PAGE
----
The dazzling new Hart Senate Office Building, first occupied in 1982 and named for Michigan Senator Philip A. Hart, broke with tradition. Unlike its predecessors, the Hart Building boasted a contemporary, energy-efficient design that could accommodate a growing number of staff members and technological innovations. The building’s centerpiece was a towering, asymmetrical 90-foot-high atrium whose skylight brightened corridors and offices.
While the building was under construction, a panel of curators was charged with identifying potential sculptors and establishing criteria for the commission of a contemporary work to enliven the atrium. Alexander Calder and four other artists were invited to submit proposals. Calder was approached through his dealer, Klaus Perls, on July 29, 1975, just after his 77th birthday. A sketch and a model for Mountains and Clouds were submitted by November, and in April 1976 Calder’s innovative design was accepted.
On November 10, 1976, Calder brought the Mountains and Clouds maquette–-his 20-inch sheet-metal model–-to Washington, D.C., so that he could present it to the architect of the Capitol and finalize the placement of the piece. After making minor adjustments to two of the clouds, he expressed satisfaction with the maquette as positioned in a model of the atrium. This proved to be a final visit: Calder died of a heart attack that night after he returned to New York City. Despite his death, the approval of the maquette and the siting of the work meant that fabrication of the full-sized sculpture could proceed. But in 1979 fabrication was delayed–-and nearly terminated–-when public funds for the sculpture were eliminated from the costly construction budget for the Hart Building.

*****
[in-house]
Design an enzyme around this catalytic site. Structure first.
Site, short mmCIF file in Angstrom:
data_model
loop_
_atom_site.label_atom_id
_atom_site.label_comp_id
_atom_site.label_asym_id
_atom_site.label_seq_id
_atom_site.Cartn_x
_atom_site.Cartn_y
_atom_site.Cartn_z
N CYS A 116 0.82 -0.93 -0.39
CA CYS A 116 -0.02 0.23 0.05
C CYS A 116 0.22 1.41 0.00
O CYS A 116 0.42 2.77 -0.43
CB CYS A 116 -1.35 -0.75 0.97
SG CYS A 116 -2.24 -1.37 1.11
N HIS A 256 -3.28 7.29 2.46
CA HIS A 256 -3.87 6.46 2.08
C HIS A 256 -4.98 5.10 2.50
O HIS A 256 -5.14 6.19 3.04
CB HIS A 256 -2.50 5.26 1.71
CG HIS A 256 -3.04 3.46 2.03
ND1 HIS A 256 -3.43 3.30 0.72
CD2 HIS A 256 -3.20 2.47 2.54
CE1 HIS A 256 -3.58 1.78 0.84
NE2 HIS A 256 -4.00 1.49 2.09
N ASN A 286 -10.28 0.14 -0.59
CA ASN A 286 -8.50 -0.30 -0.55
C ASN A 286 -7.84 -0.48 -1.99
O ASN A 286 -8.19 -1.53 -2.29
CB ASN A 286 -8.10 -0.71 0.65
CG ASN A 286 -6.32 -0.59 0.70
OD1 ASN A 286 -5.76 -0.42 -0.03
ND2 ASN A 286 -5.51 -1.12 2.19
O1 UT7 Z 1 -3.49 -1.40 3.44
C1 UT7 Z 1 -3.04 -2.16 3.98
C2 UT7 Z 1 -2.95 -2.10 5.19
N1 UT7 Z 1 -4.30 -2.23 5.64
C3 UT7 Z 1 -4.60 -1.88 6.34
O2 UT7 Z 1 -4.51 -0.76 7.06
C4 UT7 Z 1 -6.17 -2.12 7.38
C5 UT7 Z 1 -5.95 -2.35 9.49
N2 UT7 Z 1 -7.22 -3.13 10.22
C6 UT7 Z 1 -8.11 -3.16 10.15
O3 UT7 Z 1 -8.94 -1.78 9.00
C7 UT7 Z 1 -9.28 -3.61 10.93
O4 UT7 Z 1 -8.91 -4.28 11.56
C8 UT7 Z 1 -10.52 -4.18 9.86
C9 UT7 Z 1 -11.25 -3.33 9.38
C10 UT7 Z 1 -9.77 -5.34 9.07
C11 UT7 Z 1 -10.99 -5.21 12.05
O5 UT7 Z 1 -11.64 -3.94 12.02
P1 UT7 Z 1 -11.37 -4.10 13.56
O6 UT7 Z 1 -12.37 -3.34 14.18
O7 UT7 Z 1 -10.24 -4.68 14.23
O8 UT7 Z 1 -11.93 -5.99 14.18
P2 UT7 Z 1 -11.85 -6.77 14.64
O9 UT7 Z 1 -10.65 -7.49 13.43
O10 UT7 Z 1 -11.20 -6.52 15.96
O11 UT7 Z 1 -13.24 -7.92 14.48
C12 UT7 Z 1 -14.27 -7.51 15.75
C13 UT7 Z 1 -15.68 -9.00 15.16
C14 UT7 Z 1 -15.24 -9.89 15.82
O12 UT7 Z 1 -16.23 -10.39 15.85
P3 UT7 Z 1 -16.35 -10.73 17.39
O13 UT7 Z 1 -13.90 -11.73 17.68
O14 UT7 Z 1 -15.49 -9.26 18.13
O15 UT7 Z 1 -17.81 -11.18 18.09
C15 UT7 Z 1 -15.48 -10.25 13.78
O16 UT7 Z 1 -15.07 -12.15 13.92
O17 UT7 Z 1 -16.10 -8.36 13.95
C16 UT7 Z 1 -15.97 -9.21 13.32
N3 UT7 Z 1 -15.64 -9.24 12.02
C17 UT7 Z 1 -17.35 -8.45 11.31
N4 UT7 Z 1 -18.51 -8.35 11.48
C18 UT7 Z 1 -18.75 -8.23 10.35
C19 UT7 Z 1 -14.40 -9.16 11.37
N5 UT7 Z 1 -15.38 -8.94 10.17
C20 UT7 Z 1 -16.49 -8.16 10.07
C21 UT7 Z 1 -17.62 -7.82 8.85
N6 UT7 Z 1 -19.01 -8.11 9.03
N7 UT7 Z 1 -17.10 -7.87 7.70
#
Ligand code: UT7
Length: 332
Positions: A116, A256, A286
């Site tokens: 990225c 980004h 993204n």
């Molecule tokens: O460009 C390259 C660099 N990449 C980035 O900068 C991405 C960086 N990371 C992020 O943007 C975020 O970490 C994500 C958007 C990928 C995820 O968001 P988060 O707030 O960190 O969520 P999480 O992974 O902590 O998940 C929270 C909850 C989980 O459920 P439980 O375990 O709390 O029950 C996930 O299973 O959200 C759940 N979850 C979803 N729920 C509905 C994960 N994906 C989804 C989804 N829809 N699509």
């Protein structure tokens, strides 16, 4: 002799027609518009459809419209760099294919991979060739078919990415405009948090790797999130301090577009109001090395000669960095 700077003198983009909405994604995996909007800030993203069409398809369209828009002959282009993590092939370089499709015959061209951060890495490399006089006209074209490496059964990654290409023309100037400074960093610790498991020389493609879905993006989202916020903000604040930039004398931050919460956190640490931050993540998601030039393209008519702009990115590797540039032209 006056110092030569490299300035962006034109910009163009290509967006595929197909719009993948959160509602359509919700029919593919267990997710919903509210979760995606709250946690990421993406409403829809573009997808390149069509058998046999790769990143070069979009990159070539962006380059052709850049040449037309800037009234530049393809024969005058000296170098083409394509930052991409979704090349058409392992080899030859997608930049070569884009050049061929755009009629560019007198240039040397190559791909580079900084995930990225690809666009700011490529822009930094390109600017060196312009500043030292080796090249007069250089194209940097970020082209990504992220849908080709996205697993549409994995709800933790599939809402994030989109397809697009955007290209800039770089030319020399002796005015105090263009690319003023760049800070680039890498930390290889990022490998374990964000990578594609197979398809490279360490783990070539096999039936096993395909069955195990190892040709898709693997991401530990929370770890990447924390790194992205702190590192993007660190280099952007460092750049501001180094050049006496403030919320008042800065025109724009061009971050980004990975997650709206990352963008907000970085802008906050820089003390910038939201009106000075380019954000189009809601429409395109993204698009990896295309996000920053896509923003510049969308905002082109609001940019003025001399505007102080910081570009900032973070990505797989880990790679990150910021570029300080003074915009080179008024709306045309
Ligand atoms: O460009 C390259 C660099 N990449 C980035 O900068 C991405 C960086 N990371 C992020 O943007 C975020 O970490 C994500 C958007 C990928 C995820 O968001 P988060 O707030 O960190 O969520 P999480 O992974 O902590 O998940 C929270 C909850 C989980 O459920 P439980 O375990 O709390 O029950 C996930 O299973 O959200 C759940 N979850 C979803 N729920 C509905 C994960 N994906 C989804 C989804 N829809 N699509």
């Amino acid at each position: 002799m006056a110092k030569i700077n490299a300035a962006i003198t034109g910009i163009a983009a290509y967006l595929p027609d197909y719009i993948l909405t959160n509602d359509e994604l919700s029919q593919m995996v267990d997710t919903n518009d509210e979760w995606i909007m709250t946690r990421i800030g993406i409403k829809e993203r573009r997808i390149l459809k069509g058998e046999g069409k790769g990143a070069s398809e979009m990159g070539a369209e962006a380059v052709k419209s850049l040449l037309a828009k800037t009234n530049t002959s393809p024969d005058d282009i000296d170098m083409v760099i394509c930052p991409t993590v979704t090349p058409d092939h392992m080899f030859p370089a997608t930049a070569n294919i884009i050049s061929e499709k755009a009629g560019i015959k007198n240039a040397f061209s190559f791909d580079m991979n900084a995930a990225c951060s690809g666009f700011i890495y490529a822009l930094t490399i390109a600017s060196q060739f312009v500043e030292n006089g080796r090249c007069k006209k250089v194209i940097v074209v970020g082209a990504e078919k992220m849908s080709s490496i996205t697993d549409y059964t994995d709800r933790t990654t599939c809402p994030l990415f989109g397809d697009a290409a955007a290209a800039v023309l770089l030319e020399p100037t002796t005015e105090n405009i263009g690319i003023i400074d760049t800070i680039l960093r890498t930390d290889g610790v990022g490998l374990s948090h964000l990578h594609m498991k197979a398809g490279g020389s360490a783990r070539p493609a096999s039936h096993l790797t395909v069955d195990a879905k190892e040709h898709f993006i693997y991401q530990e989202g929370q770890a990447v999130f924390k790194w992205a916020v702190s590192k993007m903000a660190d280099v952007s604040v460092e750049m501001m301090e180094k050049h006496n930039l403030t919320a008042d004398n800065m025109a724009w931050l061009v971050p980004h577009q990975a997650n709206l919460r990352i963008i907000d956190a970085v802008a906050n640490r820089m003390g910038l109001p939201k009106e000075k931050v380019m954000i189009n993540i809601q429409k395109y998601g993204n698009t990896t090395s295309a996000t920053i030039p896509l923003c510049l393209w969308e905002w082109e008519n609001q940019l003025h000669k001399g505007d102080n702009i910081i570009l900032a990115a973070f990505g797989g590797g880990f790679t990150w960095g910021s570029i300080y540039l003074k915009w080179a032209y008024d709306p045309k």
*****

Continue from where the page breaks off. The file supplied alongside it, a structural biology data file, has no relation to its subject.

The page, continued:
Financial assistance materialized in 1982 through Senator Nicholas Brady, who believed the Calder sculpture to be “the right work for the right place at the right time.”  As New Jersey’s senator for eight months–-appointed to a vacancy pending election of a successor–-Brady wished to present a gift to the Senate on his departure and so offered to raise the needed funds. Together with art collector and philanthropist Paul Mellon and former Treasury Secretary C. Douglas Dillon, Brady formed the Capitol Art Foundation, which accomplished the task. The Calder sculpture was installed in the atrium of the Hart Building in 1986.
Because the interior of the atrium presents a complex background of doors, windows, balconies, and stairwells capped by a coffered ceiling, Calder stressed simplicity in the design of the sculpture. Similarly, because of the polished white marble that dominates the space, he decided on a matte black surface for the entire piece. The mountains–-the stabile–-are made up of four flat, angular steel plates with five mountain peaks among them, and two archlike legs, one branching off the other. The clouds–-the mobile–-consist of four overlapping, curvilinear aluminum plates. In the absence of any air source to propel them, they are turned by a computer-controlled motor, which generates random patterns. Shortly after their installation, the clouds ceased to move when a mechanical problem with the design of the main bearing prevented the motor-driven shaft from turning the clouds. After an exhaustive inspection of the bearing system, the office of the Senate superintendent awarded a contract in October 2001 for the redesign and manufacture of a new bearing system that will again set the clouds in motion.